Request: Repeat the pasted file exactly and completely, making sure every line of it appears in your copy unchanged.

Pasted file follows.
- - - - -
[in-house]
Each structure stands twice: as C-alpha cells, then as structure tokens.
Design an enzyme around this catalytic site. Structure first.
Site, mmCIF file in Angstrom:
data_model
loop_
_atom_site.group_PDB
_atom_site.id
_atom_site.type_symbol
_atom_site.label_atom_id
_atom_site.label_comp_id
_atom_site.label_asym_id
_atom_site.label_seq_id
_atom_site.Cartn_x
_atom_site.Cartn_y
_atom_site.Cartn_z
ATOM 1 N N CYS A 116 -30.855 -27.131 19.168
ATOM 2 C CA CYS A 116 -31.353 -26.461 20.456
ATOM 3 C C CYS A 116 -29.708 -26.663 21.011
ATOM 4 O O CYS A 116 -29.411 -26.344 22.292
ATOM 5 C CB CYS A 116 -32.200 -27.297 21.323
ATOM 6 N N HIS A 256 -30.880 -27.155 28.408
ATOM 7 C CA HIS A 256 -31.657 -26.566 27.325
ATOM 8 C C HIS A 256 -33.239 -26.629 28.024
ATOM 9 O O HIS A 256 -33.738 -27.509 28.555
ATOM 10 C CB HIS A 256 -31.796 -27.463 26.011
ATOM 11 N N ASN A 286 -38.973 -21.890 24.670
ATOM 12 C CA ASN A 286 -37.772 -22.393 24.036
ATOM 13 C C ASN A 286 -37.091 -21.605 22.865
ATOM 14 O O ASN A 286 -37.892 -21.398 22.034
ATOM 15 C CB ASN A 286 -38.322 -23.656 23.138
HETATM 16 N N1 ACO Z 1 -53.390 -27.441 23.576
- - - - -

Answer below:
[in-house]
Each structure stands twice: as C-alpha cells, then as structure tokens.
Design an enzyme around this catalytic site. Structure first.
Site, mmCIF file in Angstrom:
data_model
loop_
_atom_site.group_PDB
_atom_site.id
_atom_site.type_symbol
_atom_site.label_atom_id
_atom_site.label_comp_id
_atom_site.label_asym_id
_atom_site.label_seq_id
_atom_site.Cartn_x
_atom_site.Cartn_y
_atom_site.Cartn_z
ATOM 1 N N CYS A 116 -30.855 -27.131 19.168
ATOM 2 C CA CYS A 116 -31.353 -26.461 20.456
ATOM 3 C C CYS A 116 -29.708 -26.663 21.011
ATOM 4 O O CYS A 116 -29.411 -26.344 22.292
ATOM 5 C CB CYS A 116 -32.200 -27.297 21.323
ATOM 6 N N HIS A 256 -30.880 -27.155 28.408
ATOM 7 C CA HIS A 256 -31.657 -26.566 27.325
ATOM 8 C C HIS A 256 -33.239 -26.629 28.024
ATOM 9 O O HIS A 256 -33.738 -27.509 28.555
ATOM 10 C CB HIS A 256 -31.796 -27.463 26.011
ATOM 11 N N ASN A 286 -38.973 -21.890 24.670
ATOM 12 C CA ASN A 286 -37.772 -22.393 24.036
ATOM 13 C C ASN A 286 -37.091 -21.605 22.865
ATOM 14 O O ASN A 286 -37.892 -21.398 22.034
ATOM 15 C CB ASN A 286 -38.322 -23.656 23.138
HETATM 16 N N1 ACO Z 1 -53.390 -27.441 23.576